To steam on a woodstove, first fashion a harness out of string for a 2- to 3-quart deep metal or heatproof bowl, so the bowl is easy to lift (or have wide tongs to lift the bowl). Mix together in the bowl 3 cups milk, rice, sugar, vanilla, and cinnamon stick. Cover securely with foil.

Choose a pan several inches deeper and wider than the bowl. Set a rack or trivet 1 to 3 inches above the pan bottom. Add water up to, not covering, the rack.

On a stovetop at 300 [deg.] to 500 [deg.], bring water to simmering; lower bowl of pudding mixture onto rack. Cover water pan and simmer until pudding is thick and rice is creamy to bite, 3 to 4 hours. If water boils, elevate pan on a 1/2- to 1-1/2-inch metal trivet to maintain a simmer. Add hot water as needed to keep pan from boiling dry.

To cook on a woodstove overnight, you need a stove that can be fueled and closed down to keep the stovetop hot for 10 to 12 hours and the pudding hot enough to avoid spoiling.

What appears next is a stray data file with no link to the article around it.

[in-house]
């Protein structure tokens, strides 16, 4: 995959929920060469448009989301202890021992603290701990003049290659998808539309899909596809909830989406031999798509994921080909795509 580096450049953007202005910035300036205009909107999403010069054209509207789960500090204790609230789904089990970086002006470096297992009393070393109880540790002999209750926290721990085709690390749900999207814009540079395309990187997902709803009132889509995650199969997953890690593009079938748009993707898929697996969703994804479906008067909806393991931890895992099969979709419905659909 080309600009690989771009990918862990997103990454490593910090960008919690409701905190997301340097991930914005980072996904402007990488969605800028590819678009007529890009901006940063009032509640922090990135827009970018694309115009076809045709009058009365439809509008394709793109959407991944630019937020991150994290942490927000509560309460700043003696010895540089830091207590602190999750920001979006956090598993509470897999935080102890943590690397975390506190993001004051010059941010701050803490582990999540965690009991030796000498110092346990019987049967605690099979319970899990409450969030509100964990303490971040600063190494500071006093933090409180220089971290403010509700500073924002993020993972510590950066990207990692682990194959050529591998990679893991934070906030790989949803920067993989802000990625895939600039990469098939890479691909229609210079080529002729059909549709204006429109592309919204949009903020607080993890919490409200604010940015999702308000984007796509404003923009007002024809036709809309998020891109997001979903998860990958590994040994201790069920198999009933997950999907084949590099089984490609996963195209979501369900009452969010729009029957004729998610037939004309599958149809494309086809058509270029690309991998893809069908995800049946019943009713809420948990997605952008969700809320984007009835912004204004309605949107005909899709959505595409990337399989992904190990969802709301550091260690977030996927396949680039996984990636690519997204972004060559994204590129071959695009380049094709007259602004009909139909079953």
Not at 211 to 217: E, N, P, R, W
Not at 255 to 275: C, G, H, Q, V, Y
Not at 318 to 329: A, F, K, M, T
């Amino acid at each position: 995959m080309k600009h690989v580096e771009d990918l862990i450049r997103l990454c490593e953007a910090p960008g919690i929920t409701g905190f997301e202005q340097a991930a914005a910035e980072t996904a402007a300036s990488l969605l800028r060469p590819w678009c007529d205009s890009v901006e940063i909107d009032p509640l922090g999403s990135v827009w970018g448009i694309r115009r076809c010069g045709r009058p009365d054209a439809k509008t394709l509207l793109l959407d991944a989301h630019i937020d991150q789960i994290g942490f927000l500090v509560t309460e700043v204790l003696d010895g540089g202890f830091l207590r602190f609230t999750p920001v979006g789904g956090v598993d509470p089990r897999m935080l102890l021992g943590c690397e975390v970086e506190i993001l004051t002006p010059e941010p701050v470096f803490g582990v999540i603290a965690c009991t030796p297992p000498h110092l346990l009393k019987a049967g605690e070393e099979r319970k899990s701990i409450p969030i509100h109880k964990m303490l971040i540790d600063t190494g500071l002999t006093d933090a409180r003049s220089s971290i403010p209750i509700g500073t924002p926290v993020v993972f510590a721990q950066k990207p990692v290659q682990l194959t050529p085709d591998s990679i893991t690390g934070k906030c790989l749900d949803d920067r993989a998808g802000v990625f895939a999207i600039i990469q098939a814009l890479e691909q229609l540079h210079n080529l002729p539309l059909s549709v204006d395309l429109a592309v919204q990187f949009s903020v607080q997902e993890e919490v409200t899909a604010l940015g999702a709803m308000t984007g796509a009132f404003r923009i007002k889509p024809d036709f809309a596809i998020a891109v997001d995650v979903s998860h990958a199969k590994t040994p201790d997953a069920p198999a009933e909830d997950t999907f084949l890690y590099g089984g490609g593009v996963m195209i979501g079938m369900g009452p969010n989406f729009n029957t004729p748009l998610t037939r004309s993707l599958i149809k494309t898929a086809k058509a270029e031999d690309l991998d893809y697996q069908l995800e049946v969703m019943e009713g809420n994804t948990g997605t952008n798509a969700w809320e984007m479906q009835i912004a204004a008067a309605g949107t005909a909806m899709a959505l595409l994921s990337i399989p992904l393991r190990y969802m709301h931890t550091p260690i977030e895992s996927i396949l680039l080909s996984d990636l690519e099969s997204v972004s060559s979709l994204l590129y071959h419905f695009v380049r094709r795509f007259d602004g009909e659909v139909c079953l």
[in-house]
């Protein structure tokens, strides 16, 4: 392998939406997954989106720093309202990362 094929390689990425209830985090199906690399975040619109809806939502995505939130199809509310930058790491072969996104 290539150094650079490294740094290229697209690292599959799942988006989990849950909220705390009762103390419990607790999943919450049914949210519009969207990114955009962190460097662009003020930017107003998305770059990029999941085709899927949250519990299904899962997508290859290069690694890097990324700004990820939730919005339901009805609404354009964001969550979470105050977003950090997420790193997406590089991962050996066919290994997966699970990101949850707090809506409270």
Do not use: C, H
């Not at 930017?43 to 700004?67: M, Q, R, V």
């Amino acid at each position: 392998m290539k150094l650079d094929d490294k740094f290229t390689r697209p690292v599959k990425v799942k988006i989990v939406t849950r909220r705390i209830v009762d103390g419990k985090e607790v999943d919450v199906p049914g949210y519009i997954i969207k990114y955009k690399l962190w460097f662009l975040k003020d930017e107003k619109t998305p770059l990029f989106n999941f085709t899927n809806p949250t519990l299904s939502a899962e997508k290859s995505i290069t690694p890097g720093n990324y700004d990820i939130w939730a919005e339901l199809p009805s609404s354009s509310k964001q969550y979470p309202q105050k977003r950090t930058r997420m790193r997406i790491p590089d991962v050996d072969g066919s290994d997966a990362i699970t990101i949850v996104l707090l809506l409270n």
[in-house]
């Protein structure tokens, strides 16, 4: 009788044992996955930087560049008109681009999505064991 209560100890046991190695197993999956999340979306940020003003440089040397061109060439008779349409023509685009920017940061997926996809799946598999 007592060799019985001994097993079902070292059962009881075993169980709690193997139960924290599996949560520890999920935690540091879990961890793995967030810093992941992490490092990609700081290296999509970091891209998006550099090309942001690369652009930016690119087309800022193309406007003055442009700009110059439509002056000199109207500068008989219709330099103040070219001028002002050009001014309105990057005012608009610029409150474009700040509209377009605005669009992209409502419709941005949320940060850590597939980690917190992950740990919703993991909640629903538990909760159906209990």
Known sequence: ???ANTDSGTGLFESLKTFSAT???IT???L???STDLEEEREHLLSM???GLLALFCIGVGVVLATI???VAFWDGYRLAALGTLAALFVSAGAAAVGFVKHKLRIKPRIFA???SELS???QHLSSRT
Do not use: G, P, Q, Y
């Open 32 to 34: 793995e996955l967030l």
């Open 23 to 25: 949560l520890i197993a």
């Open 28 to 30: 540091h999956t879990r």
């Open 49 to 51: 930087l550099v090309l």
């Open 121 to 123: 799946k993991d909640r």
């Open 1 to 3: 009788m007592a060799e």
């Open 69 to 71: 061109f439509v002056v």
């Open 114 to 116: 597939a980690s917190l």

Prepare pudding as directed for steaming; add boiling water to pan, and set pan on stovetop. Cook 6 to 8 hours. When you open the pan, water should be steaming and the pudding hot to touch. If temperature in center of pudding is below 120 [deg.], discard mixture, as harmful bacteria have developed.

To bake in an oven, stir 3 cups milk, rice, sugar, vanilla, and cinnamon stick together in a 9-inch-square baking dish or a 2- to 3-quart shallow casserole. Cover and bake in a 300 [300] oven until thick and light golden color, about 3 hours. (Or you can bake the pudding uncovered; an amber, caramel-flavored skin will form on top.)

Stir pudding; serve warm. If thicker than you want, stir in more milk to desired consistency. Makes 4 cups, 4 to 6 servings.

Woodstove safety and legality

If you're installing a new woodstove or have concerns about the safety or legality of your present one, we suggest that you read "Ready for a woodstove?" on page 120 of the November 1984 sunset.
COPYRIGHT 1988 Sunset Publishing Corp.
No portion of this article can be reproduced without the express written permission from the copyright holder.
Copyright 1988 Gale, Cengage Learning. All rights reserved.

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Date:Mar 1, 1988